The secret to creativeness is to begin with good problems. Then you need to turn those problems into challenging challenges. After that, dandy ideas will almost fabricate themselves.
Almost every creative thought is a potential answer to a problem. Einstein’s theory of relativity was about working out a discrepancy between electromagnetism and physics. Post-its were about discovering a use for not very sticky glue. Picasso’s cubistic paintings were about working out the problem of mapping cubic space on flat canvases. And so forth and so forth.
Before you even consider generating ideas, you need to turn your trouble into a challenge. Because, if you begin yielding ideas to solve the wrong trouble, you may have dandy ideas, 55 – but they’ll probably be crappy solutions.
Most people, when they have troubles, they straightaway seek solutions, sparing nary a thought for the trouble itself. Creative individuals know better. They begin by examining the problem and turning it into an originative challenge.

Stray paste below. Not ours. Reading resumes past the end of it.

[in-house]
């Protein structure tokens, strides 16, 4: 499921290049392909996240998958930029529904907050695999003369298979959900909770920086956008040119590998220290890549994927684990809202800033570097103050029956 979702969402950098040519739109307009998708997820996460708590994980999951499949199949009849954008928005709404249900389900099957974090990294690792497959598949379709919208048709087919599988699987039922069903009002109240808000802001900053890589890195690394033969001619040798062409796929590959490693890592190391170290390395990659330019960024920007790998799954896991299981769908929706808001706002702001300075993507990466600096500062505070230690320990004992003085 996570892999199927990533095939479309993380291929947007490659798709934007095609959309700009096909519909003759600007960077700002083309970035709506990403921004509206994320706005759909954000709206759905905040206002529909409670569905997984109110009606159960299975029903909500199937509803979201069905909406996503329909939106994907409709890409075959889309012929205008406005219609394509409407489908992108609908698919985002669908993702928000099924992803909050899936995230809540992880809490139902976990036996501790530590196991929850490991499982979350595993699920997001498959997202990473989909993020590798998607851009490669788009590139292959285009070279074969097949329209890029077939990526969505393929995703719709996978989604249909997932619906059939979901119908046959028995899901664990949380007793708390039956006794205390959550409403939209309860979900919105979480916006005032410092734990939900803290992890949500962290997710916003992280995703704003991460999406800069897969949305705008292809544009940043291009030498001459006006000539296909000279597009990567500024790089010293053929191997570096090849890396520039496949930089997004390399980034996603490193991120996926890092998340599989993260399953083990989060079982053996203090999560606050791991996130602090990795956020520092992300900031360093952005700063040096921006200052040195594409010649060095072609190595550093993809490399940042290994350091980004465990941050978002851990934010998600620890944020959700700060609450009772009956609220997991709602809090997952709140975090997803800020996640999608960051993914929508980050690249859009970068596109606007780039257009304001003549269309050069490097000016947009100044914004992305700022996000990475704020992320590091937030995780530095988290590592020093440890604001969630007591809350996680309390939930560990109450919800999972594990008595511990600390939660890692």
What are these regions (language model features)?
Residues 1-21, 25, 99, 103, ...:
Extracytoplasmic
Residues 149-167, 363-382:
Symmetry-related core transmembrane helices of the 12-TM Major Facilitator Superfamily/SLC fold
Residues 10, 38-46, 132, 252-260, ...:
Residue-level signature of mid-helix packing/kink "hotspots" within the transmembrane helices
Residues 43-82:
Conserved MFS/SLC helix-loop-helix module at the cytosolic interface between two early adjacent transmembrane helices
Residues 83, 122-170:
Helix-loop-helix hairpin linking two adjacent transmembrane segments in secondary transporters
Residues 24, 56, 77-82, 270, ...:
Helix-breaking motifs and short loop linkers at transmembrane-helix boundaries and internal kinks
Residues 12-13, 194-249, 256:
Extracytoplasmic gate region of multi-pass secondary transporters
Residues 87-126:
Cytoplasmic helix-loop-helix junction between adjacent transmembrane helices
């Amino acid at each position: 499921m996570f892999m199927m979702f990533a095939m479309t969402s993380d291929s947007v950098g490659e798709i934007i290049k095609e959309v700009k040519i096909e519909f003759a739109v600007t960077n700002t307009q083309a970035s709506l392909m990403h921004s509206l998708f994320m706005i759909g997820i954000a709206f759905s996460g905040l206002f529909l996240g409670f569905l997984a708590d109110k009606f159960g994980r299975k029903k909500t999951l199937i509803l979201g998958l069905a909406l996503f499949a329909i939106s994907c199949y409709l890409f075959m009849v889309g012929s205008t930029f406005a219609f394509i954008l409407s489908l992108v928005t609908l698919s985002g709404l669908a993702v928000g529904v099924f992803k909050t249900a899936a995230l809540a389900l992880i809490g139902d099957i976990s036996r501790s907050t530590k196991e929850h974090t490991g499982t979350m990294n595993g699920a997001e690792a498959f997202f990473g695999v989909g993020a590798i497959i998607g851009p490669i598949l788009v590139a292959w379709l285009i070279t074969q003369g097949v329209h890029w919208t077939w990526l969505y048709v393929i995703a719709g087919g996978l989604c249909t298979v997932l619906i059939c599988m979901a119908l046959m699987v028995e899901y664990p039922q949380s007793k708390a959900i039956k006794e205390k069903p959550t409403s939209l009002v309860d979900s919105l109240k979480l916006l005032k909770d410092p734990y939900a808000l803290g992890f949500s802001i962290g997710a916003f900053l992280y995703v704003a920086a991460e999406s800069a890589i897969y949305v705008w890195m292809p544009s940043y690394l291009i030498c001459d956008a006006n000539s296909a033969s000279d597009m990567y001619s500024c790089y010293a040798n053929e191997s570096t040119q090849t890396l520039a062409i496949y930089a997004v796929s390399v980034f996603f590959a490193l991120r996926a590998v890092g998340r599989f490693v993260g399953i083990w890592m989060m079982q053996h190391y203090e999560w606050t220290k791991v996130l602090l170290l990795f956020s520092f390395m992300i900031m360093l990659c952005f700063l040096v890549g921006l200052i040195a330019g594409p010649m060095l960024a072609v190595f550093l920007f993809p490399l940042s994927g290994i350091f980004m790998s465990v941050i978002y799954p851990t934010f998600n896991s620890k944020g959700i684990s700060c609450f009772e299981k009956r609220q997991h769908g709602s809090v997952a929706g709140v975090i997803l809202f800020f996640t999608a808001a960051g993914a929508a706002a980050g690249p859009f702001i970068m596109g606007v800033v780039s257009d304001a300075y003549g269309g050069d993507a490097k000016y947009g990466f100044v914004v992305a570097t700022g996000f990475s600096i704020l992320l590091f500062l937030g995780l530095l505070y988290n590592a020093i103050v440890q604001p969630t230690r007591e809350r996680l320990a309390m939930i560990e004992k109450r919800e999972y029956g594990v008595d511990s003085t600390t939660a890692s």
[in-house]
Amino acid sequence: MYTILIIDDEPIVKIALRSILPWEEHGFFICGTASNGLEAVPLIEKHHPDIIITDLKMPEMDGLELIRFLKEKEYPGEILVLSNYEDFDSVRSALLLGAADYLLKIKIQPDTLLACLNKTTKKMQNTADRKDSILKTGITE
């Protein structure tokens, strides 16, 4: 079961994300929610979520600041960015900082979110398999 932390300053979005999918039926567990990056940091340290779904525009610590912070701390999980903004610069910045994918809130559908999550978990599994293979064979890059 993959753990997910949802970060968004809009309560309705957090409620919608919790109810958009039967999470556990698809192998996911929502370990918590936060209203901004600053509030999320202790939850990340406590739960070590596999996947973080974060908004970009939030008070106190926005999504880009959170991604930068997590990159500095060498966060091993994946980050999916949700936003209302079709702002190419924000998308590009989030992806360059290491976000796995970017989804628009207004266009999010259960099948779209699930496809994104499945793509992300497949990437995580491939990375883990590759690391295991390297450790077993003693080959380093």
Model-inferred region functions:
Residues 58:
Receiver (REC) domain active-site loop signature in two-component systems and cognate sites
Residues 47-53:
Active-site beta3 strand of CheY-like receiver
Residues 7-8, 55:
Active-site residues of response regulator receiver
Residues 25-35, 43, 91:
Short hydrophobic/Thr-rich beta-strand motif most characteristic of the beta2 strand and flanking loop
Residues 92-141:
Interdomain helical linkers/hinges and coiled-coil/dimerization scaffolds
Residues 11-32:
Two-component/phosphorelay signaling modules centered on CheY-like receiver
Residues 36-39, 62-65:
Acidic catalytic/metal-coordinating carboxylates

The better way to get going on turning your trouble into a challenge is by putting down your problem on a sheet of paper. Now, try and break the trouble down. Ask yourself “Why is this a problem?”, “What is inducing this?”, “What is behind this?”, “What additional matters are at stake?” And so forth. Ask “why?” till you are able to no longer answer yourself. Write all of your replies on the sheet of paper. At this stage, the core problem as well as key crucial issues will be manifest. Let’s call this the big problem.
A challenge like “require income” isn’t truly clear and is likely to result in thoughts that are not really clear. Make your challenges clear to everybody.
When you have got your challenge, you’ll discover it outstandingly easy to bring forth ideas that solve it. But before you begin brainstorming, there are a couple of matters you should bear in mind.
Yield ideas first. Nothing more. Only after you’ve finished yielding ideas should you even consider reviewing them and select which one(s) to follow up.
When yielding ideas, whether alone or in a group, disallow any criticism whatever. Furthermore, it’s essential that you make note of every idea regardless how silly, daft or unimaginable it may seem. The dizziest ideas are occasionally the most originative and often highly inspirational.
Don’t quit at the first idea that springs to mind. The first beneficial idea that springs to mind is seldom the most creative – mostly because it’s nearly always the most conspicuous. Better to yield lots of ideas and then decide which thoughts to select.
Thus the mystery to yielding great ideas is to start with a big challenge. Then yield, return, generate ideas.